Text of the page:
• E. R. Williams, W. A. Lyons, Y. Hobara, V. C. Mushtak, N. Asencio, R. Boldi, J. Bor, S. A. Cummer, E. Greenberg, M. Hayakawa, R. H. Holzworth, V. Kotroni, J. Li, C. Morales, T. E. Nelson, C. Price, B. Russell, M. Sato, G. Satori, K. Shirahata, Y. Takahashi, K. Yamashita
    QUARTERLY JOURNAL OF THE ROYAL METEOROLOGICAL SOCIETY 136 257 - 271 0035-9009 2010/01 [Refereed][Not invited]
     
    Sprites have been detected in video camera observations from Niger over mesoscale convective systems in Nigeria during the 2006 AMMA (African Monsoon Multidisciplinary Analysis) campaign The parent lightning flashes have been detected by multiple Extremely Low Frequency (ELF) receiving stations worldwide The recorded charge moments of the patent lightning flashes are often in excellent agreement between different receiving sites, and are furthermore consistent with conventional dielectric breakdown in the mesosphere as the origin of the sprites Analysis of the polarization of the horizontal magnetic field at the distant receivers provides evidence that the departure from linear magnetic polarization at ELF is caused primarily by the clay night asymmetry of the Earth-ionosphere cavity Copyright (C) 2009 Royal Meteorological Society
  • Y. Takahashi, Y. Okazaki, M. Sato, H. Miyahara, K. Sakanoi, P. K. Hong, N. Hoshino
    ATMOSPHERIC CHEMISTRY AND PHYSICS 10 (4) 1577 - 1584 1680-7316 2010 [Refereed][Not invited]
     
    Although linkages between solar activity and the earth's climate have been suggested and the 11-year cycle in solar activity evident in sunspot numbers is the most examined example of periodicity in previous studies, no quantitative evidence indicating a relationship for tropospheric phenomena has been found for a short period. Based on FFT analysis for OLR (Outgoing Longwave Radiation) compared with the F10.7 index, we clearly demonstrate a 27-day variation in the cloud amount in the region of the Western Pacific warm pool, which is only seen in the maximum years of 11-year solar activity. The average spectrum in such years also shows an enhancement in the range of the MJO (Madden-Julian Oscillation) period. Although there exist some explanations for possible mechanisms, the exact cause is unknown. Therefore, the proposed connection between 27-day cloud variation and solar cycle in the WPWP region is still a hypothesis and various kinds of varification based on other meteorological and solar parameters are strongly required.
  • れいめい衛星搭載カメラによる大気光・スプライト観測
    坂野井健, 山崎敦, 藤原均, 平原聖文, 浅村和史, 江尻省, 鈴木臣, 中村卓司, 佐藤光輝, 高橋幸弘, 岡野章一
    平成20年度宇宙科学シンポジウム集録 2009 [Not refereed][Not invited]
     
    筆頭
  • M. Sato, Y. Takahashi, A. Yoshida, T. Adachi
    JOURNAL OF PHYSICS D-APPLIED PHYSICS 41 (23) 234011  0022-3727 2008/12 [Refereed][Not invited]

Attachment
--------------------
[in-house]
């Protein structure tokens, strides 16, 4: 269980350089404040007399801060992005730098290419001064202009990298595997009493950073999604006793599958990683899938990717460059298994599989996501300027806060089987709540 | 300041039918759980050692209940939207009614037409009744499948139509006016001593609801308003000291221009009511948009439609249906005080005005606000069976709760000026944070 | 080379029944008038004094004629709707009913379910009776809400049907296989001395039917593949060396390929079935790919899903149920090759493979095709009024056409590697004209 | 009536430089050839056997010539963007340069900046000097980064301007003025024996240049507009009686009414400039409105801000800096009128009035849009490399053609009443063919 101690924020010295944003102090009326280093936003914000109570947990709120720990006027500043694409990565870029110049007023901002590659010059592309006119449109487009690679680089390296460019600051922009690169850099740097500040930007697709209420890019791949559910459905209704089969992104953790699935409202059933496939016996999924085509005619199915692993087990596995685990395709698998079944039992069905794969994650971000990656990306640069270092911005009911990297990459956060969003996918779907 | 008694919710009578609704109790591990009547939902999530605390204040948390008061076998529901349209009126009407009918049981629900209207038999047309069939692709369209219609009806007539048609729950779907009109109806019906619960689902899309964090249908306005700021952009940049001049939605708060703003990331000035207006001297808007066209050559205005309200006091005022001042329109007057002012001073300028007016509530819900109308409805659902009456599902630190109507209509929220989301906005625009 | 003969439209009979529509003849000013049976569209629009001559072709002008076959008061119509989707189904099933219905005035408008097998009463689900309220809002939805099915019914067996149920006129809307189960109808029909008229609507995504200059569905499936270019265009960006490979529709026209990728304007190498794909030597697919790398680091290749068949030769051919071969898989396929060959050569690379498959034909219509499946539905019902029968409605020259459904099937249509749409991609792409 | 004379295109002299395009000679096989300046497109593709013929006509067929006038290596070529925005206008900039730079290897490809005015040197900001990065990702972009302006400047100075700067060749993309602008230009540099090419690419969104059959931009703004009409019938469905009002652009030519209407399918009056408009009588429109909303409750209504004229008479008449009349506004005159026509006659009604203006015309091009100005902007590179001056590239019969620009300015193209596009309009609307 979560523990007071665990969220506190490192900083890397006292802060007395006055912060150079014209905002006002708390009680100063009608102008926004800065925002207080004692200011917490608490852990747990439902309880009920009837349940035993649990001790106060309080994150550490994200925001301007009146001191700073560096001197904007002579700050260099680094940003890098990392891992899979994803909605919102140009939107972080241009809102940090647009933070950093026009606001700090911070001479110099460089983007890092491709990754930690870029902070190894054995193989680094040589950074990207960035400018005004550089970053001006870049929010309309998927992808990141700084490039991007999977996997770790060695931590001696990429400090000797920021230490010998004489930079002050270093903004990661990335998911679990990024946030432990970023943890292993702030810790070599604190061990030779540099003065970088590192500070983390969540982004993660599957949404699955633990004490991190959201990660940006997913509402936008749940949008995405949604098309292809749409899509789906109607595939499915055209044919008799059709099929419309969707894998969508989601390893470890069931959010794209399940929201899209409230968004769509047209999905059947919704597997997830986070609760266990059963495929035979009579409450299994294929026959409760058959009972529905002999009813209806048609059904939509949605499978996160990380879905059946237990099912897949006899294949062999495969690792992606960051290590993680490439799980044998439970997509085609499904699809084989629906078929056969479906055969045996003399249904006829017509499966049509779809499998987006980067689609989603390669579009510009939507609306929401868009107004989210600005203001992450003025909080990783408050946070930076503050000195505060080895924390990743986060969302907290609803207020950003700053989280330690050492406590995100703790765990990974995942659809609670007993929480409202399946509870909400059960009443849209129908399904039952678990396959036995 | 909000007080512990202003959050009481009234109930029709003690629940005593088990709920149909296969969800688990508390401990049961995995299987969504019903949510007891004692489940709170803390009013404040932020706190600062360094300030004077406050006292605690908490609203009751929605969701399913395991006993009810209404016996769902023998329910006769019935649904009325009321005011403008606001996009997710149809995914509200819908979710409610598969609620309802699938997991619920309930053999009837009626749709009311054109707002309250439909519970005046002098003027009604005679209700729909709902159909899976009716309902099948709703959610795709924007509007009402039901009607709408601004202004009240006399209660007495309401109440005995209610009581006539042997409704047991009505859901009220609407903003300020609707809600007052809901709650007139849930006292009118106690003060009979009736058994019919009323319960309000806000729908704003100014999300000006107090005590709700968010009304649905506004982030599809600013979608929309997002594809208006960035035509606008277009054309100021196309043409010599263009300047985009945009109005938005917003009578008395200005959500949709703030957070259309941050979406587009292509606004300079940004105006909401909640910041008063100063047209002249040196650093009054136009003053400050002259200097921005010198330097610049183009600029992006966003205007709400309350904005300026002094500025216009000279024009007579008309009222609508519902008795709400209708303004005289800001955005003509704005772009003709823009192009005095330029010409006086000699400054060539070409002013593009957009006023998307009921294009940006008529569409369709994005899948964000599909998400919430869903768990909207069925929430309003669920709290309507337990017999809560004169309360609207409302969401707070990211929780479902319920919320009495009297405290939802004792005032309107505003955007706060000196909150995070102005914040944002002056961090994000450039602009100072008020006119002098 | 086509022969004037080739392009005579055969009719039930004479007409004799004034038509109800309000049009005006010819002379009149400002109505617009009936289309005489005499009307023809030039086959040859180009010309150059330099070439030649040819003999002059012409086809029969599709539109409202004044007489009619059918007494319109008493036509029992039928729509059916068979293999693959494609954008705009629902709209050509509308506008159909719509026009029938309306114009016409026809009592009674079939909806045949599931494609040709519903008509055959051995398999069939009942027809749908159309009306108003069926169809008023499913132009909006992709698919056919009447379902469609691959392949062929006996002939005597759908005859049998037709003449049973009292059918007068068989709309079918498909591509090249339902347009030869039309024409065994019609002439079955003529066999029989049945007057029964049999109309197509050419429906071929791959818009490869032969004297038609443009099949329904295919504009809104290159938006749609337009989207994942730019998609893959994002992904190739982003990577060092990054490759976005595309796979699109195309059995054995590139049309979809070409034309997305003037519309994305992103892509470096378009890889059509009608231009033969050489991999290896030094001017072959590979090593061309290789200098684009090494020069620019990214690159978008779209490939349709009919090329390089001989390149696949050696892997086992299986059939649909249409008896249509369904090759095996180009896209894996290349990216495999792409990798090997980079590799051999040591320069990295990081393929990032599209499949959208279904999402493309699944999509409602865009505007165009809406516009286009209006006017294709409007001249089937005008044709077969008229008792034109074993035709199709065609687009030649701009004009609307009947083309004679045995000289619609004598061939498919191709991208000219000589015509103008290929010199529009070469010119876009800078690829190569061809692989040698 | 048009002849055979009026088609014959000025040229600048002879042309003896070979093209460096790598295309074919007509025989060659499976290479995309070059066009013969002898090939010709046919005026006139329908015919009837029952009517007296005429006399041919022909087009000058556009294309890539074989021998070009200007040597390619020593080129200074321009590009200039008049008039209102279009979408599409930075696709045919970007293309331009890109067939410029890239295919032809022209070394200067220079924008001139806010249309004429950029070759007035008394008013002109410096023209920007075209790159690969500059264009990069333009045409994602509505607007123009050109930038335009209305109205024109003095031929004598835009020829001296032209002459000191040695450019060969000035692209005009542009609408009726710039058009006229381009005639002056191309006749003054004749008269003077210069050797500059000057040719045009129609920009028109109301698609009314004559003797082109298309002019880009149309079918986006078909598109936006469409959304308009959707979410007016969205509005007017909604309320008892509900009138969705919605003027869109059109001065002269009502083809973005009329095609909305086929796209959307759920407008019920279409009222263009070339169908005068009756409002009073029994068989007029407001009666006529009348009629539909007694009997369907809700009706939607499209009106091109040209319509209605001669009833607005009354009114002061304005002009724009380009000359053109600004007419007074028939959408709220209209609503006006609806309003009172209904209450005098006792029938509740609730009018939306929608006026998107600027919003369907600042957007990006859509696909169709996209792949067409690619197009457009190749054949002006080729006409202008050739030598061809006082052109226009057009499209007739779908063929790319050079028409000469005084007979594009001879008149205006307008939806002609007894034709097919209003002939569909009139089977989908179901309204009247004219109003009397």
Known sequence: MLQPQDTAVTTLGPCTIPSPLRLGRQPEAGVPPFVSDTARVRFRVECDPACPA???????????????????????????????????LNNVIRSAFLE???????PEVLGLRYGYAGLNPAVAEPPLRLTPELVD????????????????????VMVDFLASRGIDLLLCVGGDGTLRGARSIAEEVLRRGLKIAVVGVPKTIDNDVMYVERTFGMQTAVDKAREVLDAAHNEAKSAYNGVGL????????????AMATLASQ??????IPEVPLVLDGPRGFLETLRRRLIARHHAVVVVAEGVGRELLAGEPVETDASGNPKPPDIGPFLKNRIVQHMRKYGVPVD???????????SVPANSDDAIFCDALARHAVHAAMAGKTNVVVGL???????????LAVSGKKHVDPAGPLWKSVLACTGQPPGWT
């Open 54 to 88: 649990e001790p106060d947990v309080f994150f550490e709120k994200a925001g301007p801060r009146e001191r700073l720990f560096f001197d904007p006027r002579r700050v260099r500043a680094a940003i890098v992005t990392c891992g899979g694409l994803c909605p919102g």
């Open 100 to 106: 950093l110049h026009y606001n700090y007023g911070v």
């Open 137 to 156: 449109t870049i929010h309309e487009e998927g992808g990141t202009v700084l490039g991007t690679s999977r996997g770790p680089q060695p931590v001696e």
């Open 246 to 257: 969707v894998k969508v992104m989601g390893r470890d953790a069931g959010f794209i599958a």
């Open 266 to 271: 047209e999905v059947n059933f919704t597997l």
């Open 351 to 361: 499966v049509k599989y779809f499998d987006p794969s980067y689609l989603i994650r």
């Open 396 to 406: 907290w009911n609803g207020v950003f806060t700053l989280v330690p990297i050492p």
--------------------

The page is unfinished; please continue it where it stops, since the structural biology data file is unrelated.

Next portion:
In order to study the temporal and regional variation of lightning occurrences and their relation to sprite activity and climate variability, we have analysed the 1-100 Hz ELF magnetic field waveform data obtained at the Syowa station in Antarctica, Onagawa in Japan and Esrange in Sweden for a one year period from September 2003 to August 2004. We have selected totally 1.7 x 105 events of transient Schumann resonances from the ELF magnetic field data whose amplitude exceeds 40 pT at all stations. Then, the lightning locations are estimated by a triangulation method with an estimation error of 0.5 Mm. It is found that in the summer season (from June to August) the lightning occurrence rates are higher in the northern hemisphere than in the southern hemisphere with large enhancements in North America, South-East Asia and the northern part of Africa. On the other hand, in the winter season ( from December to February) these rates are higher in the southern hemisphere with large enhancements in South America, Australia and the southern part of Africa. These features are consistent with the results of global lightning measurements from space conducted by the Optical Transient Detector and the Tropical Rainfall Measuring Mission satellite. Then, we have also calculated the charge moment value (Q . dl) of lightning discharges using ELF magnetic field waveform data and have estimated the distribution function of charge moments for positive cloud-to-ground (+CG) discharges and for negative cloud-to-ground (-CG) discharges. It is found that the shape of the distribution function for both +CG and -CG discharges is almost the same for all seasons and that the distribution function of -CG discharges has a steeper slope at high Q . dl than that of +CG discharges.